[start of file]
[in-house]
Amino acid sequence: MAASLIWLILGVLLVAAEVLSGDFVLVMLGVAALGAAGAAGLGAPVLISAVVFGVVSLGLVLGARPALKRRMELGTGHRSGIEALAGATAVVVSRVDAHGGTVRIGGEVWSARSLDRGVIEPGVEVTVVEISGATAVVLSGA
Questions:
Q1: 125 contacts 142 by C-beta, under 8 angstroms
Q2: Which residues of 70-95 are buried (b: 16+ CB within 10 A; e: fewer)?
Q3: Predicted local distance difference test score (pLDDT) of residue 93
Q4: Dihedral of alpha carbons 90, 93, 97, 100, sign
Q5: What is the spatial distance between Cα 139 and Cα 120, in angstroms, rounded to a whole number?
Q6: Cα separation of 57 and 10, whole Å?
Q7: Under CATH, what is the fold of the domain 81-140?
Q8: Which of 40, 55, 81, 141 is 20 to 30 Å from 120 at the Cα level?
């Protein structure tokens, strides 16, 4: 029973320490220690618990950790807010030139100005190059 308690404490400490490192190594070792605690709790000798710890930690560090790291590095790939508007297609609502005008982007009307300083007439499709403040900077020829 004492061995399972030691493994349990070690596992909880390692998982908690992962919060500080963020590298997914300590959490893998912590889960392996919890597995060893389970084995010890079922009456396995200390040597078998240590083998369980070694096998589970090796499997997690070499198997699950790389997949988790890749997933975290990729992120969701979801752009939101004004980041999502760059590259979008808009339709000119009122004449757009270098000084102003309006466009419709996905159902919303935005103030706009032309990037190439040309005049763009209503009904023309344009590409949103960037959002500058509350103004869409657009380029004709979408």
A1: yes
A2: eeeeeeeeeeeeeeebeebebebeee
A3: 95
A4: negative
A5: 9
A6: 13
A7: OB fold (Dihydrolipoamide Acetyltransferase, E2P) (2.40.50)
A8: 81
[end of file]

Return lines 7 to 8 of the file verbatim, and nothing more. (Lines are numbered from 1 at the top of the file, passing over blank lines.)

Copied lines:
Q4: Dihedral of alpha carbons 90, 93, 97, 100, sign
Q5: What is the spatial distance between Cα 139 and Cα 120, in angstroms, rounded to a whole number?